Morton fires barbs after resigning from health board
Health board member Tom Morton has stood down and fired criticism at NHS Shetland for what he called its “austerity-fuelled diminution of health services”.
Mr Morton’s resignation follows a number of high-profile rifts and resignations which have plagued the health board and integration joint board (IJB) in the past year.
He is the fourth non-executive member to resign in the past year and will vacate a number of roles, including his position as chairman of the NHS Shetland Endowments Committee and as a voting member on the Integration Joint Board (IJB).
The controversial closure of the Ronas Ward at the Gilbert Bain Hospital in Lerwick has been one of the issues which spurred Mr Morton’s decision. He said the move was “simply an indicator of what, in board speak, is the ‘direction of travel’.”
In correspondence with this newspaper, Mr Morton said decisions “portrayed as cheaper and more efficient” were “simply going to mean worse care”.
The board existed simply to enact “the brutal requirements of Edinburgh politicians” and non-executive members are essentially powerless to contradict the government, he said.
“As non-execs, we are essentially window dressing,” Mr Morton stated in his letter of resignation. “We are presented with fait accompli after fait accompli. We may delay or nitpick, but we change nothing.”
Mr Morton said non-executive members were expected to “toe the NHS line”.
He wrote: “For the people of Shetland everything depends on being adequately and fearlessly spoken for by the councillors.”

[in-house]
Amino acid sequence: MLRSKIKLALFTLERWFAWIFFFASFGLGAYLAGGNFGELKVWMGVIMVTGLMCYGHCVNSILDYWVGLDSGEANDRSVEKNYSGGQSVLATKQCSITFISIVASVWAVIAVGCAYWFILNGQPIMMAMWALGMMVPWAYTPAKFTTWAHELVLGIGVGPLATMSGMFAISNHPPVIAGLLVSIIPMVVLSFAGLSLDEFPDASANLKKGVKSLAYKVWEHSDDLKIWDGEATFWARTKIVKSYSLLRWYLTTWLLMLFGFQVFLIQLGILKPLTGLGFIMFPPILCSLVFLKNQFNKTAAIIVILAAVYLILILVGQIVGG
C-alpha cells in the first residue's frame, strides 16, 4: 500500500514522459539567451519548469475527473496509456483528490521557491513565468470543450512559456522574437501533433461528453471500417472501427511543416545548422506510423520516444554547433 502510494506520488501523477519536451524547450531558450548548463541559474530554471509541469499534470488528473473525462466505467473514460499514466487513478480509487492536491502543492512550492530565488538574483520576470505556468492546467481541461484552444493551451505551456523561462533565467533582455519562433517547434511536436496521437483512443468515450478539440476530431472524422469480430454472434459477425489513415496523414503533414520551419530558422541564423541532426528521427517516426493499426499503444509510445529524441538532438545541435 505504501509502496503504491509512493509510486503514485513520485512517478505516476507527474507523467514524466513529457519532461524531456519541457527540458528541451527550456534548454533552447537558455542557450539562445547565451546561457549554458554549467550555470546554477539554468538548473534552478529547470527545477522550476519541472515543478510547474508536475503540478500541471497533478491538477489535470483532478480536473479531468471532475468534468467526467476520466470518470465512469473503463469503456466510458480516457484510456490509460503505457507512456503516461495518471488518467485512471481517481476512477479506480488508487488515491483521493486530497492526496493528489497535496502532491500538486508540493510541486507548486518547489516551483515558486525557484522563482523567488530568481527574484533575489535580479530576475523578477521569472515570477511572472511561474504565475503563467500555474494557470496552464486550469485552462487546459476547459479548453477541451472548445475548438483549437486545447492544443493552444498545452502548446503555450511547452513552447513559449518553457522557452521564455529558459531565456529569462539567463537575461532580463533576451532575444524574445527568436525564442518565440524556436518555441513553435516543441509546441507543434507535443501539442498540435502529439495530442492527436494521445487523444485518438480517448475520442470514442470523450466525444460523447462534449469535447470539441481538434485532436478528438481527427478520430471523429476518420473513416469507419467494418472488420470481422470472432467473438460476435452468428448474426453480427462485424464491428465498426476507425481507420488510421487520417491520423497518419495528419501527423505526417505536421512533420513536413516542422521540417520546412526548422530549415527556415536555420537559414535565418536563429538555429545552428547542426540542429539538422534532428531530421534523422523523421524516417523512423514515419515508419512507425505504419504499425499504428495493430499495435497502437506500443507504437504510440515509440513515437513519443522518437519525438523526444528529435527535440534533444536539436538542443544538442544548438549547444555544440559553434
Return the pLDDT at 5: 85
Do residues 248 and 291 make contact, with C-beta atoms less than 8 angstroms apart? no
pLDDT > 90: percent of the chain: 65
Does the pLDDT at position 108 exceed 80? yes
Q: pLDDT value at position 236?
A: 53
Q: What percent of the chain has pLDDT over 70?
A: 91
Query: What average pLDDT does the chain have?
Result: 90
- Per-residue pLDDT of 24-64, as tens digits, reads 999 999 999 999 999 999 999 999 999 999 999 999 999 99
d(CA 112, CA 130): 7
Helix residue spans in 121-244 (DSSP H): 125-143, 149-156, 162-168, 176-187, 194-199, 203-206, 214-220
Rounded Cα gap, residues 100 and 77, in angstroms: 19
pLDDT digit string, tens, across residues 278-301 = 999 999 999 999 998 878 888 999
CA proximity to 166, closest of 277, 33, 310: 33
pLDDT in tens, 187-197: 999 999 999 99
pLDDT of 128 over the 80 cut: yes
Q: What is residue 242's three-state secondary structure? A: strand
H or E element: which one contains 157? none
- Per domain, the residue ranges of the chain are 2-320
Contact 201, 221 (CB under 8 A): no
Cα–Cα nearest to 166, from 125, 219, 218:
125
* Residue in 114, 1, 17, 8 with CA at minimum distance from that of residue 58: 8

However, councillors have also struggled in their dealings with the health board, with the IJB suffering from a number of disputes in the past year.
When the issue of closing Ronas Ward was discussed at a meeting of the IJB in September both councillors present – Gary Cleaver and Billy Fox – had misgivings.
But ultimately their voices were overruled, and the decision to close the ward permanently was taken last month.
In February Mr Cleaver quit the IJB, claiming the NHS was “overspending hugely”.
Meanwhile, an email seen by this newspaper, prior to May’s council elections, revealed that former IJB chairman Cecil Smith did not want any further dealings with the board if re-elected.
Mr Smith cited personality clashes between elected members and officials on the board.
Other recent resignations have included former vice-chairwoman Catriona Waddington and Harold Massie of the Public Partnership Forum.
Mr Massie, when departing, said that the work expected from him was one of the main reasons for his departure.
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